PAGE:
In 1997, she was named "Excellent Fashion Designer" in the country's top national garment design contest.
Now, the 30-year old Liu has her own company and workshops, has developed two name brands and is custom-making dresses for stores in the busiest shopping district in Chongqing.
With a smile, she said she expects two things in the future: a new collection of dresses -- and a baby.

The Burhan's Family: A Deep Love Of The Motherland

URUMQI, September 4 (Xinhua) -- Oegur, a former vice president of the Xinjiang Academy of Social Sciences, says that the greatest spiritual legacy his father-in-law Burhan Shahidi, Xinjiang's great patriot, left was a deep love of the motherland.
Burhan, who died in 1989, is loved and respected by all the ethnic groups of Xinjiang for his role in the peaceful liberation of Xinjiang in 1949 and his devotion to the motherland. He was chairman of the Provincial People's Government for many years after the New China was founded.
Burhan had eight children, five of whom are still living. His daughter Suum, who is Oegur's wife, was the second eldest. Oegur, who is now 81, was among the first group of people in Xinjiang to join the Communist Party in 1949 after liberation. He was posted to Alma Ata as Deputy Counsul-General in former Soviet Union.
In the 1950s, Oegur and Suum gave up a chance of staying in Moscow and returned to Xinjiang after graduating from university there to make a contribution to the motherland. Oegur became vice- president of the Xinjiang Academy of Social Sciences and wrote books, one of which was the Brief History of the Uygur Ethnic Group in China.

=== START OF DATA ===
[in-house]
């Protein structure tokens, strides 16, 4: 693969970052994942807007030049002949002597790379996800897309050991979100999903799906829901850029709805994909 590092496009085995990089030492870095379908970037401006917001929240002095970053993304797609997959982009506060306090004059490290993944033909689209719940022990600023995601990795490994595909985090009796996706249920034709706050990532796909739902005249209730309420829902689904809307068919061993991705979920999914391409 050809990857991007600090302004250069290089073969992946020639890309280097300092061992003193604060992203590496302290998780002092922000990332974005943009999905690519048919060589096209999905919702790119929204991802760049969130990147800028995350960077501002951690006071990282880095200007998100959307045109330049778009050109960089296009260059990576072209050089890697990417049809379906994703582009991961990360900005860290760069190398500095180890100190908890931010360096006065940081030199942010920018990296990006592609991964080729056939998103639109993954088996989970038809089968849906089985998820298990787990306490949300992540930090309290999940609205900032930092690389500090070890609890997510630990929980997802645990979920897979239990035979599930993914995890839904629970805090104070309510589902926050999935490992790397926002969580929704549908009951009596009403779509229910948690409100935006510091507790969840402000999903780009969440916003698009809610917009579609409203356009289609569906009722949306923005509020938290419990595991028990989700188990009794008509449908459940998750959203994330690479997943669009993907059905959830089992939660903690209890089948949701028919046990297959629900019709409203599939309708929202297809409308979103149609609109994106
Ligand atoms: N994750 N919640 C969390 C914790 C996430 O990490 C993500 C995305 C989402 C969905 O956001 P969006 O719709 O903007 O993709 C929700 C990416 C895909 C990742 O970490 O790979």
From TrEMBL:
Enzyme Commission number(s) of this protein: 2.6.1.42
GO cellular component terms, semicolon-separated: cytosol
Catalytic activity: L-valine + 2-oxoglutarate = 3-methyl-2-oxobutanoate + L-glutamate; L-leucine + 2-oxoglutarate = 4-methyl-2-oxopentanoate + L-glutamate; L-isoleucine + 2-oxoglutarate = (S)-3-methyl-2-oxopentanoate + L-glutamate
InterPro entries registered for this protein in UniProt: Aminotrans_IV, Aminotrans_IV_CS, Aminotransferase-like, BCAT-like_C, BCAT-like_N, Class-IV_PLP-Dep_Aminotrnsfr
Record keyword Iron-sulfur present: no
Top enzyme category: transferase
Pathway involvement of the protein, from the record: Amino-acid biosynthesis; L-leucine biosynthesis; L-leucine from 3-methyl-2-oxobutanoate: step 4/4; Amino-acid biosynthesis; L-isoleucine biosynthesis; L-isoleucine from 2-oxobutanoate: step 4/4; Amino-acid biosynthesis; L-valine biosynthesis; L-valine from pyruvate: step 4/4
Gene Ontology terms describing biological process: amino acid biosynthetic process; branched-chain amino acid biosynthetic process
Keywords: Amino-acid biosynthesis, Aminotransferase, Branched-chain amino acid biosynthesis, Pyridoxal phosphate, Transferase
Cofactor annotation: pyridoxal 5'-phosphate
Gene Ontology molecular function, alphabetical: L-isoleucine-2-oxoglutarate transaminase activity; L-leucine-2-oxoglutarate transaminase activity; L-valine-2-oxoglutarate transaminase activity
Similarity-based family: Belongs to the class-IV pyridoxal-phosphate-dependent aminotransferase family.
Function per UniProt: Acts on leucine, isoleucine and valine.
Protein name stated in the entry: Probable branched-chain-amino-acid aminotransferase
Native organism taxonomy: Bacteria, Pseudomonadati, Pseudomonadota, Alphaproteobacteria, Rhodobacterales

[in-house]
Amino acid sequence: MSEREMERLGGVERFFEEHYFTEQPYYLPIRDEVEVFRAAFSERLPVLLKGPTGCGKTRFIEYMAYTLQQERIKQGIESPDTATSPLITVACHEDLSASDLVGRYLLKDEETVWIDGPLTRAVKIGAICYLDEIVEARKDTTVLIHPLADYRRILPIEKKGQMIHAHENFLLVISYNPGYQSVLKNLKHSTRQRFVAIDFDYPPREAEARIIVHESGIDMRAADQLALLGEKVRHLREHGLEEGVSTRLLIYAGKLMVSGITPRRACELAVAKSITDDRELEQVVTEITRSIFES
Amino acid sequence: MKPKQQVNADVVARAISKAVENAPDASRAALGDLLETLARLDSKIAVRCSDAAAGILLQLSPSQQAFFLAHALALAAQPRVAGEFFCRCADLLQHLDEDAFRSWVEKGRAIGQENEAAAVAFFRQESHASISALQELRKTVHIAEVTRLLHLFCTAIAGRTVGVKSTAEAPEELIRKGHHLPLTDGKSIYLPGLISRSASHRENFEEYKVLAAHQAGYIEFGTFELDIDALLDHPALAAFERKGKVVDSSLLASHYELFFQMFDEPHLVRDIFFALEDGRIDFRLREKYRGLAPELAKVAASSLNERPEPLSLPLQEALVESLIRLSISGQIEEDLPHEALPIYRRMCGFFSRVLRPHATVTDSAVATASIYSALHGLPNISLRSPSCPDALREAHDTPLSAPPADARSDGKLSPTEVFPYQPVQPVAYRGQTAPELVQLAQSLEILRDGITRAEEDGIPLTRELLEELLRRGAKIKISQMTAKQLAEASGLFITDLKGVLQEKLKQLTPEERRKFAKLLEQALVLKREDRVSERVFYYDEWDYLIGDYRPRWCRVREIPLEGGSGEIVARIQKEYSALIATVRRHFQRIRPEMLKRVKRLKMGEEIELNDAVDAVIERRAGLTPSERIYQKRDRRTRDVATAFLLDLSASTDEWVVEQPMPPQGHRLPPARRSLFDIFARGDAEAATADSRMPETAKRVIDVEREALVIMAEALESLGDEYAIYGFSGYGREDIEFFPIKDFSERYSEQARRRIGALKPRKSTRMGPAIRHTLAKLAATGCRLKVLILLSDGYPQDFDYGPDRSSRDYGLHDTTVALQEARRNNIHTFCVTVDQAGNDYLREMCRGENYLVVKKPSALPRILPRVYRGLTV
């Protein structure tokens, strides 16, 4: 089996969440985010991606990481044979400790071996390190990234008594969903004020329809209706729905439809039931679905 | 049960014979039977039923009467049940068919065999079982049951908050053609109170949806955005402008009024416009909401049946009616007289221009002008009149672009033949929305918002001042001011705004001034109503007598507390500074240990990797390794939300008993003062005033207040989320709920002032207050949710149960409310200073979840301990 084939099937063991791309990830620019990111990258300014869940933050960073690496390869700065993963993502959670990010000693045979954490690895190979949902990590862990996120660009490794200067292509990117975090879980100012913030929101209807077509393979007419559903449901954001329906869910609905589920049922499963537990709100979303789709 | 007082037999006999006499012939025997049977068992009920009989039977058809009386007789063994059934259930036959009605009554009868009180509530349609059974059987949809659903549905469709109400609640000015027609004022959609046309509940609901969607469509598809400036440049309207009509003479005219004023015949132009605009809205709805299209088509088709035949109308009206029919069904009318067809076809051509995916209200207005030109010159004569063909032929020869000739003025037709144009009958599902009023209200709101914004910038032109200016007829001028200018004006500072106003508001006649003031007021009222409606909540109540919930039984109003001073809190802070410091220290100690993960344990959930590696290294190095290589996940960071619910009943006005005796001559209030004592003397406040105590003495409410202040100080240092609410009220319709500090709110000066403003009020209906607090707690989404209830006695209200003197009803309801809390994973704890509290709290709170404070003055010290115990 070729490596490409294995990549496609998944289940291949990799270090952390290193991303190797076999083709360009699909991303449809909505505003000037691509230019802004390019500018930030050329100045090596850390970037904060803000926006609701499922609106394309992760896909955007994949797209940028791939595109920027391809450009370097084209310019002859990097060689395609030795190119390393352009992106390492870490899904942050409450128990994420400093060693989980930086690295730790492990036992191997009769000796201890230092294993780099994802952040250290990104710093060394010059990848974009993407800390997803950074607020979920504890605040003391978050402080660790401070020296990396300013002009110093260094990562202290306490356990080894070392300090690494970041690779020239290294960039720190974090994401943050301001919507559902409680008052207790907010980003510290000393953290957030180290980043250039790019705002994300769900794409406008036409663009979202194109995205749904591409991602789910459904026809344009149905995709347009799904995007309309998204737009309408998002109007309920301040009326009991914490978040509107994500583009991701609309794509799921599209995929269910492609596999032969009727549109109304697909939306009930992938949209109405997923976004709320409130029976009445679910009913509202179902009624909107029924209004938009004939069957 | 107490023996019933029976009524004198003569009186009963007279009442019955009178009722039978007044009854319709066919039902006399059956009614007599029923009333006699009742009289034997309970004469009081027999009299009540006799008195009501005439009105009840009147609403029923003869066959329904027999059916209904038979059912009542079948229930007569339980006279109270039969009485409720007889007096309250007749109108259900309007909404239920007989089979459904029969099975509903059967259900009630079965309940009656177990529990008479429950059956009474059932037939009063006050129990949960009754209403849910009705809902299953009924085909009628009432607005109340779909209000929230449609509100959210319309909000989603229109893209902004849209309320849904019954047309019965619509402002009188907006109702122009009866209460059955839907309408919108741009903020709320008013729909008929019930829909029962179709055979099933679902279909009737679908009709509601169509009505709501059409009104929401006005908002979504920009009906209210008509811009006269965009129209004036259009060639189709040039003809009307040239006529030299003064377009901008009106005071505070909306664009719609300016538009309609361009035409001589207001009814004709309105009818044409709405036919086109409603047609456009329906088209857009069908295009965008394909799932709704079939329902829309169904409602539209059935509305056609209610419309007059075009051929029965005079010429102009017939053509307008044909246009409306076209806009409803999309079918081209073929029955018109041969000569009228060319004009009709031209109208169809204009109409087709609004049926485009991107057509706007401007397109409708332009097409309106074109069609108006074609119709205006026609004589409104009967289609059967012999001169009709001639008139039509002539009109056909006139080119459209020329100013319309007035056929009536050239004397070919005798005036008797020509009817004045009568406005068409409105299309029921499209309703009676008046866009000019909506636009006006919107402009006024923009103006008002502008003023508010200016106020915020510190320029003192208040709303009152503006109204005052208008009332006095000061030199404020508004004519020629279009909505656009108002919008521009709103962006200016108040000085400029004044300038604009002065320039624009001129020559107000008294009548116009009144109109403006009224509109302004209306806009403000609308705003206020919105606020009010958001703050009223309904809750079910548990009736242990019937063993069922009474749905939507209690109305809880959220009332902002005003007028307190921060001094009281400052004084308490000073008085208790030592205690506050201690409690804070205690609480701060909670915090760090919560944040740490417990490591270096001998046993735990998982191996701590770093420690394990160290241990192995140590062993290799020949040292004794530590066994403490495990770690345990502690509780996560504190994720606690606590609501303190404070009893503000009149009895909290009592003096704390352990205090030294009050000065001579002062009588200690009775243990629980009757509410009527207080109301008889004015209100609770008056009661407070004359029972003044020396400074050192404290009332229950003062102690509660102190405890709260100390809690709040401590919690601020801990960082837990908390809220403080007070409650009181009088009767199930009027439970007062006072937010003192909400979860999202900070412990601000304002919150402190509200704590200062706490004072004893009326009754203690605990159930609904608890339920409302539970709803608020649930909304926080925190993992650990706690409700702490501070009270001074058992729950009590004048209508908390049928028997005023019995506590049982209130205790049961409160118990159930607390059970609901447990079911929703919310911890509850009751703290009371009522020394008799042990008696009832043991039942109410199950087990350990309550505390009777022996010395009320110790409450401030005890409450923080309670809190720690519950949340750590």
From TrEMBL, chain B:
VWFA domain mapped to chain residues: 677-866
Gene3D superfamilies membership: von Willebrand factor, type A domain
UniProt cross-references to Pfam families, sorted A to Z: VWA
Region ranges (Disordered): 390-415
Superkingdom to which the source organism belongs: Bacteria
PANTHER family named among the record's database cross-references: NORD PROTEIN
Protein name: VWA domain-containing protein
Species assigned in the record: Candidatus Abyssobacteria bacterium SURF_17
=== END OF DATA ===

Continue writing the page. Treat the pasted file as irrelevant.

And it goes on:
In looking back over the past 50 years, he says that great changes have taken place in Xinjiang: Fifty years ago it was just a desert with little industry and completely backward. Xinjiang couldn't even produce a single nail.
Today it has a well-integrated industrial system and petrochemical products and agricultural machinery that are used all over China, he says, and he and his wife are very happy with their lives today in Xinjiang.
Burhan's son Mulati and daughter-in-law Kamar share Oegur's amazement over the great changes that have taken place in Xinjiang.
In the early 1960s, they graduated from the Beijing Petroleum Institute but gave up a chance to stay and work in Beijing and returned to Xinjiang to explore for petroleum.
They say that back then, exploration was very difficult because transportation meant on foot or the back of a camel. Now, however, they use helicopters to cross the desert and in one day can finish what used to take an entire whole summer.
His wife Kamar's parents and siblings emigrated to the Soviet Union before the 1990s, but she says that her roots are in China because she is Burhan's daughter-in-law. Her husband Mulati says, "My father lived a very simple life in those days and left nothing for us when he died but a great love of China that has inspired generations."
Burhan's family has been around now for five generations and numbers about 60. They have intermarried with people from various ethnic groups like the Uygurs, Kazakhs, Tatars, Uzbeks, and Han.
The big family is held together by the one strong belief inherited from Burhan Shahidi: a deep love of the motherland.

Others

Torrential Rain Hits East China

September 6 (China Radio International)--Torrential rain hit the southeastern part of east China's coastal province of Zhejiang.
The heavy rain, which lasted for about three hours before dawn Sunday, left two people missing and at least 520,000 others besieged by floodwater. Traffic on a local railway and a state highway has been interrupted because of landslides.
Several rescue teams have rushed to the flooded areas and some 100,000people have already been evacuated.